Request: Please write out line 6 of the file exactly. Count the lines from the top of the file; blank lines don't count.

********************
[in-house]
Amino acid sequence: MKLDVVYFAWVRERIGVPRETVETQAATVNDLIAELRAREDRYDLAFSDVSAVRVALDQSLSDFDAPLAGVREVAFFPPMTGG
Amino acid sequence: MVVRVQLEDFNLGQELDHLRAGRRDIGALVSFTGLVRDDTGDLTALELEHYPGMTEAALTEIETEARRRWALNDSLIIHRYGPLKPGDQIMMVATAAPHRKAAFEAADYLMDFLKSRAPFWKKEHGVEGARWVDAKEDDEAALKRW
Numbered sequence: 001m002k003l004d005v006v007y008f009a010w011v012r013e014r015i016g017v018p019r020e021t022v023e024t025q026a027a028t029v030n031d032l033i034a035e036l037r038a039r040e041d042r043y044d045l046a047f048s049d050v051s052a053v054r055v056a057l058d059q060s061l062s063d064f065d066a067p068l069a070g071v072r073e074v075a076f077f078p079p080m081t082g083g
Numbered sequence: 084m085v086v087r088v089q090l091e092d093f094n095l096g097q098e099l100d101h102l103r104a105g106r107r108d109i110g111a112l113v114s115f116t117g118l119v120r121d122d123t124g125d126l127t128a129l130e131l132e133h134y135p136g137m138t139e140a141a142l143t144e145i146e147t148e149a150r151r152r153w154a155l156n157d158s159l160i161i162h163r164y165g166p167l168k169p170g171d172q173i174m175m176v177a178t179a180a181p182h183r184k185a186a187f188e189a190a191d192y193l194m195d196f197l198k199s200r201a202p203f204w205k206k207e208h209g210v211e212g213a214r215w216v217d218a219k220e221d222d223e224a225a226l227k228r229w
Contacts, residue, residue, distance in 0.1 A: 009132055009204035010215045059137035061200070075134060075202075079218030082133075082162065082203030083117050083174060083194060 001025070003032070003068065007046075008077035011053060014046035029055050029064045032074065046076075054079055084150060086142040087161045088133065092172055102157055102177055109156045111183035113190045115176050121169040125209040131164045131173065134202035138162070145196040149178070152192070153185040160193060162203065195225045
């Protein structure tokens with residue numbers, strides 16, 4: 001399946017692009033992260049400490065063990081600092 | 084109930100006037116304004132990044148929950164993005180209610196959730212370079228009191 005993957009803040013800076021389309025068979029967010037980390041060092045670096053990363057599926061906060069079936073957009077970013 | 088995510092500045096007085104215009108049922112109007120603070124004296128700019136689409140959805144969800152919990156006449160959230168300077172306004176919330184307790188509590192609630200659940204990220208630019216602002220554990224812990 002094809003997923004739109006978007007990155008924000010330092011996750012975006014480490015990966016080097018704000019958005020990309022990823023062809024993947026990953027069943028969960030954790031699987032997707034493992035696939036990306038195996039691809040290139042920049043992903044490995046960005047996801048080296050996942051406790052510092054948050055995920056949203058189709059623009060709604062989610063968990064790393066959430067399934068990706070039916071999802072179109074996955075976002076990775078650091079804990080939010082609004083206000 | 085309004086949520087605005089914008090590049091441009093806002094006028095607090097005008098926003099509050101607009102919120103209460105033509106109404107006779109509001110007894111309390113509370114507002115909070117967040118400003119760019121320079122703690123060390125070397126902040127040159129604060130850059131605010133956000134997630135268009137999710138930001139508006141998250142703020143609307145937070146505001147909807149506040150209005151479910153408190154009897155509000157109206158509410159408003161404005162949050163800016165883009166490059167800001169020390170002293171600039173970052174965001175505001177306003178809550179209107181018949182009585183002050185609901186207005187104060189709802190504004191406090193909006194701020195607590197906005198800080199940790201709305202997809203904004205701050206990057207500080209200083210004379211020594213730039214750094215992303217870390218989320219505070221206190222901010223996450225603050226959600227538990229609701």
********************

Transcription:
Contacts, residue, residue, distance in 0.1 A: 009132055009204035010215045059137035061200070075134060075202075079218030082133075082162065082203030083117050083174060083194060 001025070003032070003068065007046075008077035011053060014046035029055050029064045032074065046076075054079055084150060086142040087161045088133065092172055102157055102177055109156045111183035113190045115176050121169040125209040131164045131173065134202035138162070145196040149178070152192070153185040160193060162203065195225045